How to Effectively Manage Stress and Anxiety (Pt.2)
Welcome back to Pt. 2 of "How to Effectively Manage Stress & Anxiety!" Sometimes, I find that as I'm writing a blog, I get too passionate about all the ideas that I'm having and it's just too much to fit into one post. Let's be honest, your attention span isn't that long! So, consider this part 2 on my series on stress. Check out Part 1 - "How to Effectively Manage Stress & Anxiety."
Disconnect from your cell phone.
Throw it away. Go for a walk. "Accidentally" leave it on silent all day. I know that we are all so incredibly addicted to our cell phones but what is even more maddening is that we are addicted to the bad news that we find there. Does the news stress you out? Social media? Group texts? Give yourself an hour (or more!) each night where you put your phone down and you don't let yourself reach for it. It feels so good to be "free."
All of these stressors are created solely by ourselves. Human interaction, in its purest form, is not through an electronic device. So, put your phone down, and embrace what is all around you.
Get more sleep.
I love sleep. I've talked about sleep and my love of weighted blankets a lot in some previous blog posts. There's a lot of great things that sleep does, but one of the main factors is the regulation of cortisol. Cortisol is called the stress hormone for a reason. That fight-or-flight response is the result of a spike in cortisol, brought upon by something stressful. In ancient times, that would have been fear of being eaten by a predator. Since we obviously don't have those problems anymore (phew!), our cortisol should resolve itself. But, unfortunately, most of us don't even come down from this cortisol high.
At night, cortisol levels diminish as melatonin levels rise. As we sleep, our sleep waves undulate with our circadian rhythm. Cortisol levels start to rise in the mid-morning and ultimately peak around 9am. Without a consistent sleep pattern, cortisol levels never go down, sleep is inconsistent, and mood, cognition and mental function are all impaired. Feeling tired, instead of well-rested, leads to further stress, both at home and in the workplace.
Try a supplement to lower cortisol.
I put this last because I think that there are a variety of non-supplemental ways to help clear your mind and give you a release from stress. But that doesn't mean that those things will work for everyone. I understand! And sometimes, we need a little bit of help. I'm not in favor of taking anything of pharmaceutical strength if I can help it, so these are all-natural, over-the-counter (OTC) products that you can find on Amazon or at your local drugstore.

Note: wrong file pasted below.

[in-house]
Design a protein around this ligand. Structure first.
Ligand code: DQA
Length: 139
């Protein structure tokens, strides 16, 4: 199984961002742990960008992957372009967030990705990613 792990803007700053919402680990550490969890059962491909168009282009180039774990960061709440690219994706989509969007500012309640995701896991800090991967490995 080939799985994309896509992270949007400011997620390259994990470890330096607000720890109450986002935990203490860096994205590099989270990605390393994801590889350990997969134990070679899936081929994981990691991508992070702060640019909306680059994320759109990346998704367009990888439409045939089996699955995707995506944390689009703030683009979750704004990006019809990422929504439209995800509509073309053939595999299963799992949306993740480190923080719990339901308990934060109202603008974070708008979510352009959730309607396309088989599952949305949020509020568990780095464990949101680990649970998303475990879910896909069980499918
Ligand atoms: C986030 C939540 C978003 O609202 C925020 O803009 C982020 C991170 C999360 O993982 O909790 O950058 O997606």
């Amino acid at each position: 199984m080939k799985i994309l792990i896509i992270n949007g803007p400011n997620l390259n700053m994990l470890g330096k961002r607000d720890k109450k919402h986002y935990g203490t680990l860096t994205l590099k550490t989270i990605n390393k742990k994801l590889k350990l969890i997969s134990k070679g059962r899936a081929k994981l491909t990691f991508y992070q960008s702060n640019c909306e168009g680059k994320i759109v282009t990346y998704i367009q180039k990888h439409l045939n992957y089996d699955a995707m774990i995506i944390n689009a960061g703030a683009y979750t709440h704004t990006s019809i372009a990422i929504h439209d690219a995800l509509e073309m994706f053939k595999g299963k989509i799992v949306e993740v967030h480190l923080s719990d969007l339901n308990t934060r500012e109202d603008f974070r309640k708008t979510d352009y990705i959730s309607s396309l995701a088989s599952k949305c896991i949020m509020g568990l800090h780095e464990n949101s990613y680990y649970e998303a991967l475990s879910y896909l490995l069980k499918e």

The B-vitamins, such as the B-Complex blend or B-12, as well as Vitamin C, are severely depleted during times of high stress. Therefore, it's crucial to supply the adrenals with an adequate amount of these vitamins to make sure that they are functioning properly.
Ashwagandha, also known as Indian ginseng, has properties that help reduce corticosterone, a hormone that is structurally similar to cortisol. Ashwagandha is one of my favorite adaptogens and I've been taking it for several months now. In addition to help with stress, it is also great at enhancing mood and reducing anxiety.
I've recently also started taking Rhodiola, an herb thought to help fight fatigue, brought on by chronic stress. Rhodiola is also consider an adaptogen, which helps the body fight against physical and environmental stress.
If you're not sure about buying these vitamins online in bulk, you can check out my blog "Care/Of : Grab & Go Vitamin Ease" for my monthly vitamin subscription service. I get my Ashwagandha and Rhodiola in my daily pack and it makes it so easy.
Of course, I'm not a doctor and if you are thinking about taking any supplements, you should always talk to your healthcare provider first!
I may be compensated through my affiliate links in this post, but all opinions are my own. This compensation helps with expenses to keep this blog up and running! Full disclosure statement here.